North Korean citizens have been largely unmoved by state propaganda heralding the diplomatic achievements of national leader Kim Jong Un, according to sources in the nuclear-armed, sanctions-hit state.
North Korea is looking forward to expanded trade and a chance of eased international sanctions in the wake of talks in April with the South Korean president and a possible meeting with U.S. President Donald Trump in June, state media say.
Rodong Sinmun, the official newspaper of the Central Committee of the ruling Korean Workers’ Party, and North Korea’s Chosun Central Television are eagerly trumpeting Kim’s “great achievements,” a source in North Hamgyong province told RFA’s Korean Service.
“However, most North Korean residents don’t trust this propaganda,” RFA’s source said, speaking on condition of anonymity.
“Propaganda about North Korea becoming a great economic power because of Kim Jong Un’s brilliant strategic plan can now be heard everywhere in the media, at regional events, and in meetings,” the source said.
“But our citizens, who have been fooled by propaganda before, have some doubts about it.”
Even if a North Korea-U.S. summit follows last month’s successful talks with South Korean President Moon Jae-in, “very few people believe that this will open a road for us to become a great economic power,” RFA’s source said.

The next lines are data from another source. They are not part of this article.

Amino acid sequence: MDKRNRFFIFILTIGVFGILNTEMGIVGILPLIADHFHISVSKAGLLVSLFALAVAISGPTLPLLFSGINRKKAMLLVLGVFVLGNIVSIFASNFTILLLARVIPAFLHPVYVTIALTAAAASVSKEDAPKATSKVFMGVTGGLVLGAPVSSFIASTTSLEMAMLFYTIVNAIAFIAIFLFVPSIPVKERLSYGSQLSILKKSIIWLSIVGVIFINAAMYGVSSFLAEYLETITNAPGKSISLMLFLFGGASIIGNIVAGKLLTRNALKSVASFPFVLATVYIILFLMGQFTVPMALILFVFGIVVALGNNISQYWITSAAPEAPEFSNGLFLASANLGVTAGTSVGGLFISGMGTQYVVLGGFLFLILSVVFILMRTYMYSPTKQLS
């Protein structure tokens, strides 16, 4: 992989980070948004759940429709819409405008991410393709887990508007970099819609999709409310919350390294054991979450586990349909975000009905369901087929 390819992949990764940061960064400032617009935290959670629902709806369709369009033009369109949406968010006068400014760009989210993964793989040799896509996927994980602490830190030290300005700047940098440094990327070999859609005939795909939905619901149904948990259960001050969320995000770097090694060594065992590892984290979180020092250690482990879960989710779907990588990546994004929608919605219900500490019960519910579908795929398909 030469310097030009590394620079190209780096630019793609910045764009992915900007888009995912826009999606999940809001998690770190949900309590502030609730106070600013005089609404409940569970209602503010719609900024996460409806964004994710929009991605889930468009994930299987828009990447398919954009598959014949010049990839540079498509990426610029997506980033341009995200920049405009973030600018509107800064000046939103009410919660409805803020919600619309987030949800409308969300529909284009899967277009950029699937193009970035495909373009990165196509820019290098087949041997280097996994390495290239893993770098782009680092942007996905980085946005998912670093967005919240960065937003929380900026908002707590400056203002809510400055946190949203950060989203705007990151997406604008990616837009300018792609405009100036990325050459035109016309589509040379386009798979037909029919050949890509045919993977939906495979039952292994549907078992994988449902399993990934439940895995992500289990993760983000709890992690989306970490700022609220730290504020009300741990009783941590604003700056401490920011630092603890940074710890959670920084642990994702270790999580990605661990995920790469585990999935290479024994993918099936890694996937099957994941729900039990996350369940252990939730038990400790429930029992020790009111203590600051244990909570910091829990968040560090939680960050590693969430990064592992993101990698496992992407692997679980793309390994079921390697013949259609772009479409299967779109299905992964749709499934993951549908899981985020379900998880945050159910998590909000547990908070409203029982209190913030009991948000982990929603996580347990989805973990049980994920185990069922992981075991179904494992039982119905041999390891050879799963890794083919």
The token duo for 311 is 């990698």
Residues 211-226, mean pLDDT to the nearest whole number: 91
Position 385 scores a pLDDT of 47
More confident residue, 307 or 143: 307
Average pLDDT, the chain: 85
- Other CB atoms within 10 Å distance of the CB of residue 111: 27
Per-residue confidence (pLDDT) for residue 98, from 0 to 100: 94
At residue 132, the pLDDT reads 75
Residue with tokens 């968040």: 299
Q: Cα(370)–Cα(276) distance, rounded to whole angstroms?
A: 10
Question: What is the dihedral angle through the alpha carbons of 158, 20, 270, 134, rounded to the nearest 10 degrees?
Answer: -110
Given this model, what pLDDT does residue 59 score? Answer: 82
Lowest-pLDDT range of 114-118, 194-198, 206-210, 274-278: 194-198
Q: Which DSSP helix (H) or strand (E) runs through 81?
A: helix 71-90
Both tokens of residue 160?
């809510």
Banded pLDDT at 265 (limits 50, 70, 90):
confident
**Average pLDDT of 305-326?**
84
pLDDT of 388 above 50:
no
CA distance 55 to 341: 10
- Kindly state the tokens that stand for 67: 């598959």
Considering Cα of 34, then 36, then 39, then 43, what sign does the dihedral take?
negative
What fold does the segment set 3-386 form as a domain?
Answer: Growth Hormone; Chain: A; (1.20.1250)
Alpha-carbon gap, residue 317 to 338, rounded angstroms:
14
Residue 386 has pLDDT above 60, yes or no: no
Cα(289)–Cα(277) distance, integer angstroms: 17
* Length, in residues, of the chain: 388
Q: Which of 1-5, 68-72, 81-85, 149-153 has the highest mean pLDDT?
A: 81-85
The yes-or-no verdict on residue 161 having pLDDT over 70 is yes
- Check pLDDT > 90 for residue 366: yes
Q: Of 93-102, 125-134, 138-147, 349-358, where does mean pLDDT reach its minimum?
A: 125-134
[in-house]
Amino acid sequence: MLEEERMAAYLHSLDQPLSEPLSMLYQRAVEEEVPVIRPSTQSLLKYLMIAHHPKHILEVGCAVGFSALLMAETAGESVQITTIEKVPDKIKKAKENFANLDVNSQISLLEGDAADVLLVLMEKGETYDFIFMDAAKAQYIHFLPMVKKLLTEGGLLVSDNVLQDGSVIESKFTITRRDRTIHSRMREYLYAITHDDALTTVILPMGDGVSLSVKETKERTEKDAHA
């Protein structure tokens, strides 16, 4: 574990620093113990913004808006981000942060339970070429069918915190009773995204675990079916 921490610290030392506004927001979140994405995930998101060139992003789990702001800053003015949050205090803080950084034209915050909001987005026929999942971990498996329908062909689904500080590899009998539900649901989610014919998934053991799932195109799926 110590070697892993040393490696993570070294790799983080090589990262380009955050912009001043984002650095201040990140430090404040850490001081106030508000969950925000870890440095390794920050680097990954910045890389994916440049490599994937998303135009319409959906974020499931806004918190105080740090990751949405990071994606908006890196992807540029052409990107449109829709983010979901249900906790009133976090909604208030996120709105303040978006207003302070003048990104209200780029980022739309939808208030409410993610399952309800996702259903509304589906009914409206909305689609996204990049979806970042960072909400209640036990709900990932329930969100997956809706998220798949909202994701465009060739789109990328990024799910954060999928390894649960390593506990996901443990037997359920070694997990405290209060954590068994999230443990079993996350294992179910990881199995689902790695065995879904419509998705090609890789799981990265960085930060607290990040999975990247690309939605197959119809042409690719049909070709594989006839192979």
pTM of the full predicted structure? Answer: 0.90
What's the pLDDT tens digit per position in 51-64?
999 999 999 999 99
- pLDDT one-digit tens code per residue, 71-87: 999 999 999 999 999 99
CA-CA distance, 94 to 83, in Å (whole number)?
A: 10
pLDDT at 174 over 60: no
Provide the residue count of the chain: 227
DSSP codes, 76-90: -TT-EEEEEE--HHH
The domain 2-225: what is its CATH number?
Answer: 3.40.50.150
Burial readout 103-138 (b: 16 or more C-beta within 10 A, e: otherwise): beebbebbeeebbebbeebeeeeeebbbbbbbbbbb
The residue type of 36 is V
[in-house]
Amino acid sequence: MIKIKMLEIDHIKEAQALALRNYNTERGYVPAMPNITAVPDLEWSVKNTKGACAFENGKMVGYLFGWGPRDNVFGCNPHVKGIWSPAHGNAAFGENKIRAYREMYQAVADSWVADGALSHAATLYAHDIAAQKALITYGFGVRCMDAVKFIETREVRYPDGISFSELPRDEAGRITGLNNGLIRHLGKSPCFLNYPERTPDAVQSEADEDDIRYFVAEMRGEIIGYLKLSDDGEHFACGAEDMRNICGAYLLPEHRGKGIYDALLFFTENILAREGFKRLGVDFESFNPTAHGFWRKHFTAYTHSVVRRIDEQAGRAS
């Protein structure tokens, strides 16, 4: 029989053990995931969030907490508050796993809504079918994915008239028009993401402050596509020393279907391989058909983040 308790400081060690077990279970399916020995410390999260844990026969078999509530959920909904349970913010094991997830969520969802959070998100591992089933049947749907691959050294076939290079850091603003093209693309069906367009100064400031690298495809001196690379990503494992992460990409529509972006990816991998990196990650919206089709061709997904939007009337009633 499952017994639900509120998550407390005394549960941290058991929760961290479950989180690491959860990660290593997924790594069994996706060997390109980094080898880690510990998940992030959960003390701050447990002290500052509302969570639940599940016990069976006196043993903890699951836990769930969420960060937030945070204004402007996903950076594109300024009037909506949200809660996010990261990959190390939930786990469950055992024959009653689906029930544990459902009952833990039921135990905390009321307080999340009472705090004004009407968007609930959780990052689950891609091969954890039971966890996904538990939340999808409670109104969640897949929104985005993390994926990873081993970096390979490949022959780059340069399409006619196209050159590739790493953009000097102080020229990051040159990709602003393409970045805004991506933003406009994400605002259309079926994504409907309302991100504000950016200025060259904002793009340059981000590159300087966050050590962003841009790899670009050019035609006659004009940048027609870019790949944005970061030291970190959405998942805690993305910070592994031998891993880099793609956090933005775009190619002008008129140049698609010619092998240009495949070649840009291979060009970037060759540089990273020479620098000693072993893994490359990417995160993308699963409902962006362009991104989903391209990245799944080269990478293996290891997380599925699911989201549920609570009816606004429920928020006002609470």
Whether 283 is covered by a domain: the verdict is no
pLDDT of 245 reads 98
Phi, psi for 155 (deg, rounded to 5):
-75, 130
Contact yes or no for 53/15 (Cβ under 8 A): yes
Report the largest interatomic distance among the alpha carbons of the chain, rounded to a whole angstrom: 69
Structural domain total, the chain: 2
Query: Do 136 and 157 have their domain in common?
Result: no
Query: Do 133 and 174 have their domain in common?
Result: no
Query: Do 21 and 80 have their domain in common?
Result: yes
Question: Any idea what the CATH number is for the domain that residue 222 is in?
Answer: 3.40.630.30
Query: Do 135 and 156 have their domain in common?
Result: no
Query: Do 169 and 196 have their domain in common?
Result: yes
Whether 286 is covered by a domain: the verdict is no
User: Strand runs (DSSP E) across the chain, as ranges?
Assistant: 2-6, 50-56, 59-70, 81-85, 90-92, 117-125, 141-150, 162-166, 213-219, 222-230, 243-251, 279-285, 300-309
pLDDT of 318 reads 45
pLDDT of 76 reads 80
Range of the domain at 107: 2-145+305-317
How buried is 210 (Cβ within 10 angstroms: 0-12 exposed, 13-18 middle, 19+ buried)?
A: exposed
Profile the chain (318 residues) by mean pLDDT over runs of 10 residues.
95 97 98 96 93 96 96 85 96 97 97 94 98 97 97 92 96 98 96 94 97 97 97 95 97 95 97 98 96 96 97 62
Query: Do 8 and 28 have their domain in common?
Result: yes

“People have been fooled for so long now that whatever Kim Jong Un promises, they refuse to believe it,” he said.
“We do not believe him. There is no one who trusts him. Not a single person!”
Also speaking to RFA, a source from Yanggang province said that the ruling party’s Central Committee has recently announced a coming “historic meeting” between the U.S. and North Korea, calling this a major decision they have made to secure a better future for the country.
“Yet people do not really care at all,” he said.
While promising results from the coming summit meeting, North Korean propaganda outlets still call on North Korea’s people to oppose “imperialism” and the United States itself, he said.
“People are getting confused by these conflicting messages, and most of them are finally just indifferent.”
“Even the party workers are becoming confused,” he said.
Reported by Jieun Kim for RFA’s Korean Service. Translated by Leejin Jun. Written in English by Richard Finney.